A Landscape of Artificial Intelligence (AI) In Pharmaceutical R&D

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R&D Outsourcing

Contract Research Organizations Tap Into AI To Increase Value Proposition

   by Andrii Buvailo    379
Contract Research Organizations Tap Into AI To Increase Value Proposition

A few decades ago, pharmaceutical giants did most of the discovery work in-house, along with every other work necessary to get a drug or medical device to market. Nowadays, nearly any type of R&D or regulatory filing work that a drug maker or a medical-device producer needs to do -- from pre-clinical development to running clinical trials and go-to-market activities -- can be outsourced to CROs, and often it is the case.

According to a report by Kalorama Information, a market-research publisher in Rockville, Maryland, more than one-third of all global drug-discovery research will be outsourced to CROs by 2021.

In the wake of "the artificial intelligence (AI)-revolution" in the pharmaceutical and healthcare industries, CROs are tapping into various AI technologies to further cement their position in the global pharmaceutical R&D market -- in some instances competing for expertise and talent even with the leading drug makers.

Findings published by Deep Pharma Intelligence, a pharmaceutical industry think-tank in London, United Kingdom, in their report "AI for Drug Discovery, Biomarker Development and Advanced R&D Landscape Overview 2020" reveal that some of the leading CROs are actively adopting various artificial intelligence (AI) technologies, including machine learning (ML), deep learning (DL), and natural language processing (NLP) in their research workflows -- via building in-house platforms, or partnering with AI-vendors and AI-focused biotech startups. 

Since the overwhelming majority of CROs are involved in clinical-stage projects, most AI-involving projects are primarily dealing with such use cases as patient recruitment for clinical trials, clinical trial management and result modeling, and patient stratification. However, notable areas of AI application include early drug discovery, preclinical development, and pharmacovigilance.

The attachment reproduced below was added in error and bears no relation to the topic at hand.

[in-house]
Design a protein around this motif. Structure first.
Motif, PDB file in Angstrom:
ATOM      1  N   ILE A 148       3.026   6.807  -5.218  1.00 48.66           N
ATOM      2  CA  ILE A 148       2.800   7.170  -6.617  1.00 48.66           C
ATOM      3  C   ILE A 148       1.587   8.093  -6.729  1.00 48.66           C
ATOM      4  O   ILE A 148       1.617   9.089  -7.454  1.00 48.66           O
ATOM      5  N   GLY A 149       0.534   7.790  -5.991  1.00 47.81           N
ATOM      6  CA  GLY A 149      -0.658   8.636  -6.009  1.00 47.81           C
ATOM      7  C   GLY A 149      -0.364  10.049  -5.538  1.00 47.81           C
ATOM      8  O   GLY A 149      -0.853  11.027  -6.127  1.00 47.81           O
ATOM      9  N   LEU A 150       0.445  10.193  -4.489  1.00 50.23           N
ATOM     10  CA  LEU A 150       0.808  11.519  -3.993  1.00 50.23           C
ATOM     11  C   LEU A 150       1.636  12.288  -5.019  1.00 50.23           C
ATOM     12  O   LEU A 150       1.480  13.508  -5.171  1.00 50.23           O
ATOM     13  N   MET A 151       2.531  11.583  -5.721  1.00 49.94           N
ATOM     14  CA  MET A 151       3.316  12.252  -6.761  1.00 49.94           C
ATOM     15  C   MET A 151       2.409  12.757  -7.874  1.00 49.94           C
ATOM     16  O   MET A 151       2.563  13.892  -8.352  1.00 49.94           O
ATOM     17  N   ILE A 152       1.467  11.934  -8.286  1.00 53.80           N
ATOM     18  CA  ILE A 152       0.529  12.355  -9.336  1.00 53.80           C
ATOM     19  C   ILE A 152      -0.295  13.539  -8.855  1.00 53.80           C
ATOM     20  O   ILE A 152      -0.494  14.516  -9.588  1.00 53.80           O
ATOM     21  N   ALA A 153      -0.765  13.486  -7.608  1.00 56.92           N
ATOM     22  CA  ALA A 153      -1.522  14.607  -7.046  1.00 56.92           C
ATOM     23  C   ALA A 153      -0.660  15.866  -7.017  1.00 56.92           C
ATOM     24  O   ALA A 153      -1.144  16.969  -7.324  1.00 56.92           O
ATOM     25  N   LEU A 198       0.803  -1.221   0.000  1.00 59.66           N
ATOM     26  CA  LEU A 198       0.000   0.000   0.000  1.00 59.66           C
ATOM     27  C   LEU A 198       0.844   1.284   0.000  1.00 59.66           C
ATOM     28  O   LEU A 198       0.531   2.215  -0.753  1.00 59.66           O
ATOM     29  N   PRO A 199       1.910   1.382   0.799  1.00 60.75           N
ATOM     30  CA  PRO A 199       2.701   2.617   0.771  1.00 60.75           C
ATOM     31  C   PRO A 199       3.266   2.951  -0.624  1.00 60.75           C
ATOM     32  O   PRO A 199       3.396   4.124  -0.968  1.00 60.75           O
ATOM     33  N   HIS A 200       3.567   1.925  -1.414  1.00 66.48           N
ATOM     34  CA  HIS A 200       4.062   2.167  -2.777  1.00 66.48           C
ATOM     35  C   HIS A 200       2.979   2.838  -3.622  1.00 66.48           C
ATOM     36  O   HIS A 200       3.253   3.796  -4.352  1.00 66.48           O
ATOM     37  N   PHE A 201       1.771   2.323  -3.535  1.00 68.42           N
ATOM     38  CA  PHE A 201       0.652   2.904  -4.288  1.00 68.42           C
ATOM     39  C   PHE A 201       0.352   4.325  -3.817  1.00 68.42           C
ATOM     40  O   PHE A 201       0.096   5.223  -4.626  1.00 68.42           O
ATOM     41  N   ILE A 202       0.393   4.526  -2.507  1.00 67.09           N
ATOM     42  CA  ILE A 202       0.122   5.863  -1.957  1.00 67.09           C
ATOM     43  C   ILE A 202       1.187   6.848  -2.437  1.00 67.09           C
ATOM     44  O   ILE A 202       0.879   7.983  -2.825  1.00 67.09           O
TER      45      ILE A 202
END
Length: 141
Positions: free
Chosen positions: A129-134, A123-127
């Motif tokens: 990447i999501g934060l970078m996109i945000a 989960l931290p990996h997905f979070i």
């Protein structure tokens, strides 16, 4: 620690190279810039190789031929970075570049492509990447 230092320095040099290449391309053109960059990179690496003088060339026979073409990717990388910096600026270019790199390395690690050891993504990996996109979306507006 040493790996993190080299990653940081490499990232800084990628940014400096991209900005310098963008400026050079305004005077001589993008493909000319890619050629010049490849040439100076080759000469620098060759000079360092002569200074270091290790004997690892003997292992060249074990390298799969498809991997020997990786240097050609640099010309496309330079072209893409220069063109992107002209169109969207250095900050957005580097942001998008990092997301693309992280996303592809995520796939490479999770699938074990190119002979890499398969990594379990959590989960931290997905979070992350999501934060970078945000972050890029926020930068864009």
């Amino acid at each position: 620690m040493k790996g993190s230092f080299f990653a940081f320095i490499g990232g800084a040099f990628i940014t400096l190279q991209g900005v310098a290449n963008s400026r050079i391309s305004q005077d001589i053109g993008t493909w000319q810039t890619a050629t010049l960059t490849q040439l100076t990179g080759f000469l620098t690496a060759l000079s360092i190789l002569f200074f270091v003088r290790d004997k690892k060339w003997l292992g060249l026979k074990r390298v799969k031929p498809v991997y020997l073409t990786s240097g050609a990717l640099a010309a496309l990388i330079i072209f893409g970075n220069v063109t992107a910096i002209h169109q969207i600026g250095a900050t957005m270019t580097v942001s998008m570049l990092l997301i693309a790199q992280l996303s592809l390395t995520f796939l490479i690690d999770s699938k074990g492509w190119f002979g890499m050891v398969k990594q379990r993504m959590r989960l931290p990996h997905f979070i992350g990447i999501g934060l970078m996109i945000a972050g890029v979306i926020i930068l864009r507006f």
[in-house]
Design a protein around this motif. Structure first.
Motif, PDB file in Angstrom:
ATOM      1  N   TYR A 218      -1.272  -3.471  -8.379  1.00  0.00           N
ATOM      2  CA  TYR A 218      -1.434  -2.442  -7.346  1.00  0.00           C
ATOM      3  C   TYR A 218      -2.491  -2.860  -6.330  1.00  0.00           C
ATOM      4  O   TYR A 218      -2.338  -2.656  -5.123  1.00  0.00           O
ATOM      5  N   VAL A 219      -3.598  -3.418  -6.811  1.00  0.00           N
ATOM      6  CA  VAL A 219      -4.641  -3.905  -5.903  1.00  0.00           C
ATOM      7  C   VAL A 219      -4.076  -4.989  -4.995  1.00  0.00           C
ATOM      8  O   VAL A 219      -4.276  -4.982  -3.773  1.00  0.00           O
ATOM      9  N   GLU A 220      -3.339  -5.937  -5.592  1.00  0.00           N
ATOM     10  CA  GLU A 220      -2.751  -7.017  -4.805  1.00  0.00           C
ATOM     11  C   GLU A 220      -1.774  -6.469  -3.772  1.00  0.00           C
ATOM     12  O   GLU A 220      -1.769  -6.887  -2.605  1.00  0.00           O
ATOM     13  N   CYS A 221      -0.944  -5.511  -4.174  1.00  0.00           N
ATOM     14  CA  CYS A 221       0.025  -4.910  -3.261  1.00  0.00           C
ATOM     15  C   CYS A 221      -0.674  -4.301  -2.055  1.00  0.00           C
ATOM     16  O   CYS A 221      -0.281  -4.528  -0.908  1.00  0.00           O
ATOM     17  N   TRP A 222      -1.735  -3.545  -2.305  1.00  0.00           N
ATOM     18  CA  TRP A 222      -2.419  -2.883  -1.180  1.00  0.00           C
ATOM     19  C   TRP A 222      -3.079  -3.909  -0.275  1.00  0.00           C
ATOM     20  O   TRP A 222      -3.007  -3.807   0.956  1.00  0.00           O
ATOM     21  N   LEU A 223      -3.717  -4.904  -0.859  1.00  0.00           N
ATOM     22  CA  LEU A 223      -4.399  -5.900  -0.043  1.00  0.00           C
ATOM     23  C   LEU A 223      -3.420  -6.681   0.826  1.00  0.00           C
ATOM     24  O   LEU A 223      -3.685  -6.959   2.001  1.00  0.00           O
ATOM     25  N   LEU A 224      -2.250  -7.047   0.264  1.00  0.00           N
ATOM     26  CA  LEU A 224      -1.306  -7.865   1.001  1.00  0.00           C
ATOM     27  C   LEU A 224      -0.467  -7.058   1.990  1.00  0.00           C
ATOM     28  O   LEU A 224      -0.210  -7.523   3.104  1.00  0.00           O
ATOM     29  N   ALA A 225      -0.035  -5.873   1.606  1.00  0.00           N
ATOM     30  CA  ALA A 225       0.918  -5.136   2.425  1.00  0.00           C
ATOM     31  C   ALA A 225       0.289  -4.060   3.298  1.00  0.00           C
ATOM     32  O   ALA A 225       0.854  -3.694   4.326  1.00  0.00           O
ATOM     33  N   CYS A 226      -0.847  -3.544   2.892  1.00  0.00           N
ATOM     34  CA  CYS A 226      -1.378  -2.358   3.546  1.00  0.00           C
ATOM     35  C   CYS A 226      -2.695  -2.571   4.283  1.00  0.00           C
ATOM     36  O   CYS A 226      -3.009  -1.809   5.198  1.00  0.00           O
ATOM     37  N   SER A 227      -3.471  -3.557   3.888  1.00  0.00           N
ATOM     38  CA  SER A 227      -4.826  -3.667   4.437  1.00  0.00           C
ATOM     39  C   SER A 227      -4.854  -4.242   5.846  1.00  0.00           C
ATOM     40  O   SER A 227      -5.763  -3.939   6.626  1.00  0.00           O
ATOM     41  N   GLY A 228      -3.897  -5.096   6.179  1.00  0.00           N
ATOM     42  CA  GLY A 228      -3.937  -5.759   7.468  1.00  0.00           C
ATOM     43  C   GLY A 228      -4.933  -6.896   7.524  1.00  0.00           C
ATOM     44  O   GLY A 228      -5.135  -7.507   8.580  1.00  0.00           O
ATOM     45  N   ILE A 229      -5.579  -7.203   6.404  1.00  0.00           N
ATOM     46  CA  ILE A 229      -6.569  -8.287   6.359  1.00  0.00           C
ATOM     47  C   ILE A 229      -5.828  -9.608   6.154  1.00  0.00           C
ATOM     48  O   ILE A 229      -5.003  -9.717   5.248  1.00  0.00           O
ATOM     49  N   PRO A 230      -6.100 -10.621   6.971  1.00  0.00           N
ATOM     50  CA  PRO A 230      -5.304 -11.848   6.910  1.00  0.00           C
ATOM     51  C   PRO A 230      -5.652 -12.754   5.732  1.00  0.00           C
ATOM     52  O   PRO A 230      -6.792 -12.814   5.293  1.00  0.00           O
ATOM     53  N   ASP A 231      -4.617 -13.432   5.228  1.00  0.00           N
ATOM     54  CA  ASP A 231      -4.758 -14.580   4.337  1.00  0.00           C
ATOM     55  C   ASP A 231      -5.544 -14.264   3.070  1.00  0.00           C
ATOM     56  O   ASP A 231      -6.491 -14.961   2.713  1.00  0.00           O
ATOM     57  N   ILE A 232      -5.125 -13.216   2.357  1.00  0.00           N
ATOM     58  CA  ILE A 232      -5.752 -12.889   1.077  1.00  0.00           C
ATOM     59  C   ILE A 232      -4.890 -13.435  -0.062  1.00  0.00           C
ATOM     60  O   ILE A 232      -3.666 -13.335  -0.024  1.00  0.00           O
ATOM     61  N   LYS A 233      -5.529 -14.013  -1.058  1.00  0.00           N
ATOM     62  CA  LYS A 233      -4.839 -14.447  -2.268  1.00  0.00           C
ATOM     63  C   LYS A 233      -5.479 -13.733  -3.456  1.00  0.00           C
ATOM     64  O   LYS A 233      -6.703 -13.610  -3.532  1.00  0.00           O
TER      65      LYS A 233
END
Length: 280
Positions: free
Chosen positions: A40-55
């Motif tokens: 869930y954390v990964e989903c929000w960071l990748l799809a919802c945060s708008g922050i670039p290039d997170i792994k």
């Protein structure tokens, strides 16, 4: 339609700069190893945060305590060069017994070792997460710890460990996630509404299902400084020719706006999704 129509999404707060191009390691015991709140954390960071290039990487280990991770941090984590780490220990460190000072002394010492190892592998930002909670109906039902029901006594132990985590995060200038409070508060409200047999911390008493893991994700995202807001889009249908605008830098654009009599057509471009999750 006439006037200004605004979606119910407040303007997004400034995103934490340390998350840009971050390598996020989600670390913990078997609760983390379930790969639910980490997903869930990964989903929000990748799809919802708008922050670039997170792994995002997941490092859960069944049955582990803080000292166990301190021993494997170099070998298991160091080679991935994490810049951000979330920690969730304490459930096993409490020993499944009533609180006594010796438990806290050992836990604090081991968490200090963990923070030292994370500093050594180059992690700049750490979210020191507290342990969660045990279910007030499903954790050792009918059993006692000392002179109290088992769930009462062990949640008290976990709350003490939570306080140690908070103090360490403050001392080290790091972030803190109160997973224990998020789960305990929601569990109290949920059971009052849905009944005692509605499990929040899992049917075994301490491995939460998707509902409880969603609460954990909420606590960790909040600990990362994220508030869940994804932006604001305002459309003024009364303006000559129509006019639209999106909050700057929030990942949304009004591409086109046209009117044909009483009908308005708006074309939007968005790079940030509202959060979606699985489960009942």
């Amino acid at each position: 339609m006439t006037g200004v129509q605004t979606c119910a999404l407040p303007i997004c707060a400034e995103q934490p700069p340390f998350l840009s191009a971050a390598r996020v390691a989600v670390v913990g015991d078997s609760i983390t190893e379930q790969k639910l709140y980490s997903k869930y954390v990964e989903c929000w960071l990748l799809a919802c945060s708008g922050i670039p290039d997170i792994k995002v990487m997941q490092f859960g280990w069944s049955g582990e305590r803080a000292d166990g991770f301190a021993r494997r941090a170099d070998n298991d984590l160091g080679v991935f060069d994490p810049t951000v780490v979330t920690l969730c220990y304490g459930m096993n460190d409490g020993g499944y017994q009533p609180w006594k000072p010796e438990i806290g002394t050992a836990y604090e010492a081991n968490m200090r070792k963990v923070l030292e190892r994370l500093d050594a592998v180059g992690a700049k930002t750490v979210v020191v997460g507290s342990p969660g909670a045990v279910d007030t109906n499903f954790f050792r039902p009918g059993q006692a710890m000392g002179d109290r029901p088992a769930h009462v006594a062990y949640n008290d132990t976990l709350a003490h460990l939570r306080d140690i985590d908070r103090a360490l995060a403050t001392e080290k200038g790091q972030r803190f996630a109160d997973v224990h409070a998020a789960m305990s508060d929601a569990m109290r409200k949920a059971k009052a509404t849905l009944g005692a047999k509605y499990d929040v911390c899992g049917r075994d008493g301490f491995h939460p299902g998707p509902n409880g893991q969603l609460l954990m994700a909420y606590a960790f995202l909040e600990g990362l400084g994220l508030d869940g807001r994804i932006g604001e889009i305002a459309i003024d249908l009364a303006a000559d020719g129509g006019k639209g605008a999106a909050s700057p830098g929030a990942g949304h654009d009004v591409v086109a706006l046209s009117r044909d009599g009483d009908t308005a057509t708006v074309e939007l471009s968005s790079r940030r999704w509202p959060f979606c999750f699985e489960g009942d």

Exyte and Univercells Technologies Combine Аorces for Rapid Deployment of Vaccine Production Plants in the Wake of the COVID-19 Pandemic

   by White Matter Communications    269
  • Exyte offers the new ExyCellR modular technology for fast-track construction of biologicals production facilities compliant with the current good manufacturing practice (cGMP).
  • Univercells Technologies delivers the integrated NevoLine™ biomanufacturing platform, including scale-X™ bioreactors, for low footprint and economic large-scale production of viral products.
  • The combined offer enables users to rapidly deploy prefabricated GMP vaccine manufacturing facilities in response to new disease outbreaks.

19 Marketplaces for the Life Sciences Industry

   by Andrii Buvailo    27507
19 Marketplaces for the Life Sciences Industry

(Last updated: 12.05.2020)

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Online marketplaces can provide a substantial added value to its users. For example, buyers can quickly compare and select better offerings without the need to research multiple websites and surf online for price comparisons or product specifications. Additionally, marketplaces bring more transparency, trust, and standardization to the whole process of sourcing.

The Evolving Pharma R&D Outsourcing Industry: A Bird’s-eye View

   by Andrii Buvailo    7202
The Evolving Pharma R&D Outsourcing Industry: A Bird’s-eye View

Pharmaceutical companies are increasingly outsourcing their R&D activities, including early-stage research programs, to third party organizations -- academic institutions, biotech startups, and private contract research organizations (CROs) -- as a means to stay competitive, flexible, and profitable against all odds.   

Economically, there are factors such as increasing downward pressure on drug pricing by governments, an impending “patent cliff” threatening $198 billion worth of sales during 2019-2024), and downturns in income due to the increasing competition from generics and biosimilars. 

From the innovation's point of view, there is a boom in life sciences, stimulating the emergence of novel biological targets, therapeutic modalities, and even whole new areas of drug discovery -- adding opportunities, but also complexity and uncertainty to research programs. In fact, according to Deloitte’s report, return on late-stage pipelines dropped for the top 12 pharma companies from 10.1% in 2010 down to 3.7% in 2016.

Technologically, there is an unfolding “digital revolution”, bringing even further complexity and investment cost to the table -- in a form of artificial intelligence (AI), data mining and big data technologies, data-driven diagnostics, and digital health. 

Finally, the rise of the personalized medicine paradigm forces companies to rethink their research pipelines and “one-size-fits-all” product development programs, as well as reconsider their market strategies.